COVID-19 infiltrates 3 Williamson County nursing homes

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Fountains of Franklin front

The Fountains of Franklin

As COVID-19 numbers continue to rise in Tennessee, the state is beginning to see a major increase of positive cases within the elderly population, including those in Williamson County.

Over the last week, a nursing home in Gallatin has been a point of focus as many staff members and residents have tested positive for the virus. Despite early efforts by assisted living facilities across the state to keep outside visitors away from their residents, Fountains of Franklin, The Heritage at Brentwood and NHC HealthCare Franklin have all now been touched by the coronavirus.

"I wanted to be the one to announce that in spite of the herculean efforts by all, a staff member has tested positive for COVID-19," Ricki Keckley, a founder of Fountains, announced on social media Tuesday. "At this point, all residents and staff will be tested by the State Department of Health. As before this event, residents are required to remain in their apartments and a special crew is being brought in to do an additional deep cleaning of the entire building."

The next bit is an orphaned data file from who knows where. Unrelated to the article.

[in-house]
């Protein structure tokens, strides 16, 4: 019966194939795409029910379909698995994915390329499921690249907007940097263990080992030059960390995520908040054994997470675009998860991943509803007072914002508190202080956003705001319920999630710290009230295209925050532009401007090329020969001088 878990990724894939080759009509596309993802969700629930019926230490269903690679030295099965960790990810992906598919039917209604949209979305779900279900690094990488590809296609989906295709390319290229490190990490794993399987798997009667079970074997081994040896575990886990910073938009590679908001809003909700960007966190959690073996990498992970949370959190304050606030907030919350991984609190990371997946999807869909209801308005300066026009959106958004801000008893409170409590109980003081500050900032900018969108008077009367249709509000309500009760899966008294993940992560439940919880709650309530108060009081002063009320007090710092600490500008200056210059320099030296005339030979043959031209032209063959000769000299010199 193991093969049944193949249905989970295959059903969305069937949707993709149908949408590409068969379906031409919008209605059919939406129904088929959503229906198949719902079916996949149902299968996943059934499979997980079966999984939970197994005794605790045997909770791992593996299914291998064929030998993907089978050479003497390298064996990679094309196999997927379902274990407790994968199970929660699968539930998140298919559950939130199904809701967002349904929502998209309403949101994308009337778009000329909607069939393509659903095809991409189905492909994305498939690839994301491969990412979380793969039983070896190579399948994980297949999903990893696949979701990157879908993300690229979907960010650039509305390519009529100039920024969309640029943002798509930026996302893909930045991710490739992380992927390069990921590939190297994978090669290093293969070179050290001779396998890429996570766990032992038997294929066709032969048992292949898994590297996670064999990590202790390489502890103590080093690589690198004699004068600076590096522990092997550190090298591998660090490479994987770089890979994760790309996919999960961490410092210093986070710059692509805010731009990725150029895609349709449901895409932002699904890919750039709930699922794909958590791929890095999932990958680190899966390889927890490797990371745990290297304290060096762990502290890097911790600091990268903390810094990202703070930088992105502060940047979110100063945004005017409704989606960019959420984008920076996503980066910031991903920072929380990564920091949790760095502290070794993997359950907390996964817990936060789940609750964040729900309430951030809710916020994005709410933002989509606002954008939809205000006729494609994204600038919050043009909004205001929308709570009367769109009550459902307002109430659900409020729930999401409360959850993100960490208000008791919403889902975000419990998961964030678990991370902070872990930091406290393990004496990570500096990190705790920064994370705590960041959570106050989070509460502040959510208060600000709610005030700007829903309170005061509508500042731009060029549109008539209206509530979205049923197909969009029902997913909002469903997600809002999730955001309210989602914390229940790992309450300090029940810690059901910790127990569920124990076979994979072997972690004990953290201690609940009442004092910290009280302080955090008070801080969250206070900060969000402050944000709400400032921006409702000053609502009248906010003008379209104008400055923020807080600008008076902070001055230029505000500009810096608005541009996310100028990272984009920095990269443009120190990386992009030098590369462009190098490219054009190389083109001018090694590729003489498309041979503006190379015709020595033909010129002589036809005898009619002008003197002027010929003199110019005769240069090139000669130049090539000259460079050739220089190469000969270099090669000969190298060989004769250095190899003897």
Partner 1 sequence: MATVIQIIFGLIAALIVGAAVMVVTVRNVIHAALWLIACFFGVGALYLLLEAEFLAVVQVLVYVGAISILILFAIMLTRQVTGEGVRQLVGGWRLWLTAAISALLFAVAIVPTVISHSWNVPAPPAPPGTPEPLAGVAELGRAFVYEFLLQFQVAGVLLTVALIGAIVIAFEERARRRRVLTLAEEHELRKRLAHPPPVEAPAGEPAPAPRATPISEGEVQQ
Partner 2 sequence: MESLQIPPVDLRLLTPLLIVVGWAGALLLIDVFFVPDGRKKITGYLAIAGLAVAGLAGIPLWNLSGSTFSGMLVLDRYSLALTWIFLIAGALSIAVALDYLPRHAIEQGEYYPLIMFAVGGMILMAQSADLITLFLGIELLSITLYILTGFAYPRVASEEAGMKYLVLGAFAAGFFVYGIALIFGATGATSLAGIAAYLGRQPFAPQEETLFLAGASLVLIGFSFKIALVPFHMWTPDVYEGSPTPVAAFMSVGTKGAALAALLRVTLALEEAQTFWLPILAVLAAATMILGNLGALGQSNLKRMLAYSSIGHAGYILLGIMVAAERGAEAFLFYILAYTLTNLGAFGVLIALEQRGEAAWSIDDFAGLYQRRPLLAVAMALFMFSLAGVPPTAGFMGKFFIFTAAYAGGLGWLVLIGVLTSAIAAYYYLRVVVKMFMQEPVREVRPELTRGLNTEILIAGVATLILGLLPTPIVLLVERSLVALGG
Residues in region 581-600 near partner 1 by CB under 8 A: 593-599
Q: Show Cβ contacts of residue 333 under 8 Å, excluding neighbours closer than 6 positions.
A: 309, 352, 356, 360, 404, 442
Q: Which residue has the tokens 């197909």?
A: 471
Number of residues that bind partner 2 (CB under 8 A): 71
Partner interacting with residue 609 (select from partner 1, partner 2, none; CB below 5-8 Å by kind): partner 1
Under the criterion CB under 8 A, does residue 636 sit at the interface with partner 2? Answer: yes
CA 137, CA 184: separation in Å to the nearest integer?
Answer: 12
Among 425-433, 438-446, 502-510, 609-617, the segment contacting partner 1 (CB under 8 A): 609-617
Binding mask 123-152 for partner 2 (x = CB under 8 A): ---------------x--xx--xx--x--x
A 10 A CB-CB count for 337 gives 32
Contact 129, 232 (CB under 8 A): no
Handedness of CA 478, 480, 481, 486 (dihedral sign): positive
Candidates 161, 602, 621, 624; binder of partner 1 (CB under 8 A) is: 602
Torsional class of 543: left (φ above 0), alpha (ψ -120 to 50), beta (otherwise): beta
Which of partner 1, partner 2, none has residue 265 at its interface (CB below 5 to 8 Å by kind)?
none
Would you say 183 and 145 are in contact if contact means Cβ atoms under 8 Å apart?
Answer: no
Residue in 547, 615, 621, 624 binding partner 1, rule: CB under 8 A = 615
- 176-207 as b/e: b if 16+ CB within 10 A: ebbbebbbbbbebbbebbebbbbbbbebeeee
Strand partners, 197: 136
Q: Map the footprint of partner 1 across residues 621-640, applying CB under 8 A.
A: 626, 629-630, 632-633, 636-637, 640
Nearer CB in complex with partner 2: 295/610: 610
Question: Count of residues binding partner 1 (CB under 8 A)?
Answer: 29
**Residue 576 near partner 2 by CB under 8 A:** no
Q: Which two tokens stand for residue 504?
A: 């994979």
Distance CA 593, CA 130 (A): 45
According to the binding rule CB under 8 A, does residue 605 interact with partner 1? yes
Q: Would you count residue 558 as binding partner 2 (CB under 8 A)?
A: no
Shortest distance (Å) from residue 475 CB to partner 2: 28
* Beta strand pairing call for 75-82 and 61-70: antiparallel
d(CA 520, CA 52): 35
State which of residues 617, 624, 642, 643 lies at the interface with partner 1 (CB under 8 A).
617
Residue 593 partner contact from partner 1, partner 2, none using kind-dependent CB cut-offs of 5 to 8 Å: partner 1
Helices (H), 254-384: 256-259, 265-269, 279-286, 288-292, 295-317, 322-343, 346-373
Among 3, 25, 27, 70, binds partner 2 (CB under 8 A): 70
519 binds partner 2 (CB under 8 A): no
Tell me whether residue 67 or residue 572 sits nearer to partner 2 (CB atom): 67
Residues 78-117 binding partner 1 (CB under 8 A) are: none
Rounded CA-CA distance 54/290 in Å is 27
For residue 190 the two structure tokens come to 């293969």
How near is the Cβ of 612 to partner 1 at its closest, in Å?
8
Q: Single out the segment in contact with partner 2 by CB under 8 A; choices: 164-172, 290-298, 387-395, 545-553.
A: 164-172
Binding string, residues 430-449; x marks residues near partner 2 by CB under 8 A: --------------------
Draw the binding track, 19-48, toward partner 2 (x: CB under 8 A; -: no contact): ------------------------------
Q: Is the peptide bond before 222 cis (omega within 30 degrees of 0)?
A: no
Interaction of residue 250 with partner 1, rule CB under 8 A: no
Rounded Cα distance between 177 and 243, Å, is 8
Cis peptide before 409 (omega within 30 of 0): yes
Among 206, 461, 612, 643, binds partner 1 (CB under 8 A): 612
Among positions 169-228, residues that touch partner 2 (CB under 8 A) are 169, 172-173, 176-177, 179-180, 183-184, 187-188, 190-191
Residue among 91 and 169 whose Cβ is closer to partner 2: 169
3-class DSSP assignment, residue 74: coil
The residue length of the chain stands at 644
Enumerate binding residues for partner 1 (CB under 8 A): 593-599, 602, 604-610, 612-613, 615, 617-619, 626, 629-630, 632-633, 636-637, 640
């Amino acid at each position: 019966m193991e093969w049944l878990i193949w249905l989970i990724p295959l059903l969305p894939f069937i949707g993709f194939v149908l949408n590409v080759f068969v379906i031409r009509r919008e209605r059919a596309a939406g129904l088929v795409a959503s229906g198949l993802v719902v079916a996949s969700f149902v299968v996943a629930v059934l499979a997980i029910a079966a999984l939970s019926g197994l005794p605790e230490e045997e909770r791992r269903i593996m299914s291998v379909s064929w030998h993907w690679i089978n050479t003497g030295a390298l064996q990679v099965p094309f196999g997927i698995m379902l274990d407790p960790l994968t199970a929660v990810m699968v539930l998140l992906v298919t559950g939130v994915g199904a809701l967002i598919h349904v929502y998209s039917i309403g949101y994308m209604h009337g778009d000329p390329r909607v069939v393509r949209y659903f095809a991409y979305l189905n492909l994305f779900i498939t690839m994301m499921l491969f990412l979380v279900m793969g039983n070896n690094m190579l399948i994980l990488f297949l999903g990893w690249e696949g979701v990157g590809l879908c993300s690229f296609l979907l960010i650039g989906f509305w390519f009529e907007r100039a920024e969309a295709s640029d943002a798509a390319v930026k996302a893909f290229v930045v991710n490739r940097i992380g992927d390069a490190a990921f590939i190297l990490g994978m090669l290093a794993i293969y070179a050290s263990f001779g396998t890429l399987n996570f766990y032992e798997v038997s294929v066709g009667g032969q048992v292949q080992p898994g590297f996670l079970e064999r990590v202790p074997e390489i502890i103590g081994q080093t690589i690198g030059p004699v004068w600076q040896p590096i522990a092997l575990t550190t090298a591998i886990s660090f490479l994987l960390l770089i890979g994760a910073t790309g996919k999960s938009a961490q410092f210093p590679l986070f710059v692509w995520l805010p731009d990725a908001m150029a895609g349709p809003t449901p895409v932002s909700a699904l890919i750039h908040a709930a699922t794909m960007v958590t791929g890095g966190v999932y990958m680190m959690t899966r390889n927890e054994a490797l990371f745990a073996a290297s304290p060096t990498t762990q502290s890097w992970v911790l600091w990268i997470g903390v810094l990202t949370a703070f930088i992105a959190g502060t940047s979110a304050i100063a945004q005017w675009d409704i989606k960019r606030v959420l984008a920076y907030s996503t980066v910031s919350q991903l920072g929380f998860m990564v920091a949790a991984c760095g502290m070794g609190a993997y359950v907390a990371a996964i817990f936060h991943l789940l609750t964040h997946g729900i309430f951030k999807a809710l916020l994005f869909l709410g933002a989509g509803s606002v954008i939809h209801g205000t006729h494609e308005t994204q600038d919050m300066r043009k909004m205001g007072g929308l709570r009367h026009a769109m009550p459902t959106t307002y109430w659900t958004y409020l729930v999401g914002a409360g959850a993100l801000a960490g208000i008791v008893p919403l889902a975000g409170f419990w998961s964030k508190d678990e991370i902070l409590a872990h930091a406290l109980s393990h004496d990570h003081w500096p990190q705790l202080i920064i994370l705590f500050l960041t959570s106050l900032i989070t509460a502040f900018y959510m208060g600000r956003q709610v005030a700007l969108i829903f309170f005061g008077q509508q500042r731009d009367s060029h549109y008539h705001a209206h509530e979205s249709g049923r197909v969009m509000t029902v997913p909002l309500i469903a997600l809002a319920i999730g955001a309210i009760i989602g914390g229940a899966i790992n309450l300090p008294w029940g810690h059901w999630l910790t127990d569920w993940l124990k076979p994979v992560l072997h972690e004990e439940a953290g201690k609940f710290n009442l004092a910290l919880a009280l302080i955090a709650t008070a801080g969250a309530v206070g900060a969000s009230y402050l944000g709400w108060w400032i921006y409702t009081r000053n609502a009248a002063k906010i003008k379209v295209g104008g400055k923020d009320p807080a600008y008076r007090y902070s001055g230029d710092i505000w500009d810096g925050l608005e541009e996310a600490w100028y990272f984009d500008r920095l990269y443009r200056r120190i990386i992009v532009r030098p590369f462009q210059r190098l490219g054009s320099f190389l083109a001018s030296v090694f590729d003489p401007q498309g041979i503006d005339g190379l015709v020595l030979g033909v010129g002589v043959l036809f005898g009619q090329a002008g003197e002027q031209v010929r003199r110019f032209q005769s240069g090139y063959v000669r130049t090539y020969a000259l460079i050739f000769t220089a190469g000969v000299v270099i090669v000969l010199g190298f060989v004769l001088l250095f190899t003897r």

Additionally, Jon Tagatz, the executive director of The Heritage, told local news at least one staff member has tested positive. And according to Melba Collins Beasley, whose mother is at NHC, at least two people at the facility are confirmed cases. At the moment, the Fountains staff is not aware of any residents who have the virus.

"May God put a protective hedge around the patients and the workers during this trying time," Beasley said on social media Tuesday.

During Monday's daily briefing from the state, Lisa Piercey, commissioner of the Tennessee Department of Health, said the state has seen a rise in the number of cases in older patients.

"One of the most concerning trends we've seen is an increase in our elderly population," she said.

As of 2 p.m. Wednesday, nearly 38% of the 2,683 confirmed cases in Tennessee were found in patients over the age of 50.

"To Tennesseans who have the privilege and the capacity to safely remain at home for the next two weeks, we need you to do that to protect the lives of your neighbors and protect the lives of Tennesseans to protect the wellbeing of our health care workers and our essential employees and vulnerable populations like the elderly in Tennessee," Gov. Bill Lee said Monday.

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